Lesson Plan November 10, 2015
Circus Without Borders Curriculum Guide 2: How can our dreams define our goals, our fears, and our possibilities?
Part 2 of 4 in a unit plan for studying "Circus Without Borders."
PART 1 * PART 2 * PART 3 * PART 4
Circus Without Borders is an enlightening tale of two circus troupes from opposite ends of the globe who converge to realize a common dream. Using circus arts as a means of self-expression and cultural exchange, the two circuses —Artcirq in the Canadian Arctic and Kalabante in West Africa—give youth in two of the world's most challenged communities the tools to travel beyond their borders and succeed. The lm is a beautiful performance piece; a portal into two remote cultures; and an inspiring story of joy and heartbreak with universal relevance.
The film culminates with a performance in Ottawa that blends Artcirq's traditions and repertoire with the magic of Yamoussa's acrobatics. The performers discover that, while they all face enormous and painful challenges, if they work hard, believe in themselves and embrace their own history and culture, "the rest will come."
Viewing the Film:
The documentary is now available to stream worldwide on iTunes, Amazon, Google Play, Vimeo, Youtube Video on Demand and jman.tv.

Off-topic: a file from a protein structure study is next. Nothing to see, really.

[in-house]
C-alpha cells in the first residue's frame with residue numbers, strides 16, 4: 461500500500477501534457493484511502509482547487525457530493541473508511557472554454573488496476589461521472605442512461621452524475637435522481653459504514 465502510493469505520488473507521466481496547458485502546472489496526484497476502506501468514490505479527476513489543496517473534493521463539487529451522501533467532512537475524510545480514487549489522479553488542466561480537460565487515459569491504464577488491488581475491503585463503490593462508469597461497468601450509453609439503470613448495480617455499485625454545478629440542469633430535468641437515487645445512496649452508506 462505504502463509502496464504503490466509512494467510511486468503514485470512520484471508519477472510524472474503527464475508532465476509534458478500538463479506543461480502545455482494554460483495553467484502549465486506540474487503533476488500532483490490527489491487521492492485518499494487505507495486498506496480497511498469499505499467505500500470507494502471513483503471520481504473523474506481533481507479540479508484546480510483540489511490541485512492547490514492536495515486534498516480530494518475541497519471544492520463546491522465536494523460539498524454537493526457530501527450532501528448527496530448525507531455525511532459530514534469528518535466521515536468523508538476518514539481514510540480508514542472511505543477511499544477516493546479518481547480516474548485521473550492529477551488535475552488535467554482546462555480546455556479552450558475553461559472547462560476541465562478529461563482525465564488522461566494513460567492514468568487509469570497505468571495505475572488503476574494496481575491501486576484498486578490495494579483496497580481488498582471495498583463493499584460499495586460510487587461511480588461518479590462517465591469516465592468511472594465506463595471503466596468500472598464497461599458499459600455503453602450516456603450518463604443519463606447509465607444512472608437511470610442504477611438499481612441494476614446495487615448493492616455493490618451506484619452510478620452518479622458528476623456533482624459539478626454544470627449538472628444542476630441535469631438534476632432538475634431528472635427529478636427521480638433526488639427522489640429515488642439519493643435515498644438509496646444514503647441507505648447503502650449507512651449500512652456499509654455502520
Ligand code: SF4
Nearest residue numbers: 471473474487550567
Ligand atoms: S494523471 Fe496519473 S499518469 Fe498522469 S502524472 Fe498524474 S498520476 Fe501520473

Settings of Circus without Borders: Where are Guinea, West Africa and Igloolik, Canada?
- Complete a quick review of links about each country featured in the documentary. Use a T-Chart to take notes on location, language, cultural history of population. (This can be completed as a previewing homework assignment to save time for class discussion about what they've learned.)
- Watch the first section of Circus Without Borders (0:00 – 12:30) that introduces Yamoussa and Gulliaume and the settings of each group (Kalabante in Guinea, West Africa and Artcirq in Igloolik, Canada). Take notes on their observation of images, sounds and narrations.
- How did the two groups connect?
- What images and sound are used to introduce you to the setting?
- Whose voices do we hear throughout this part of the film? What do their voices add to telling of this story?
- Make a list of 4 words or phrases that relate to the major ideas or themes presented in the first section of the film. Write a sentence that explains how these words/phrases (does not have to be from the film) relate to your ideas about the film.
- Discuss how the Yamoussa, Guilliaume, and other characters' comments respond to the following essential question: How can our dreams define our goals, our fears, and our possibilities?
- Wrap up: Write a brief paragraph that summaries your ideas about the purpose of the film. What other questions emerged for you? Use explicit details from your notes.
This curriculum guide shared with the permission of the Boston Globe Foundation.
Second set of exercises for students who will be watching "Circus Without Borders." Created by Jane Skelton for the Boston Globe Foundation.
Related Common Core State Standards
ELA Informational Text
RI.8.2., RI.8.4., RI.8.6.
RI. 9-10.2., RI.9-10.4., RI.9-10.6.
RI.11-12.2., RI.11-12.4., RI.11-12.5., RI.11-12.6.
REPORTING FEATURED IN THIS LESSON PLAN
Nunavut, Canada: Hope on Ice
In the remote northern reaches of one of the wealthiest countries of the world is an aboriginal...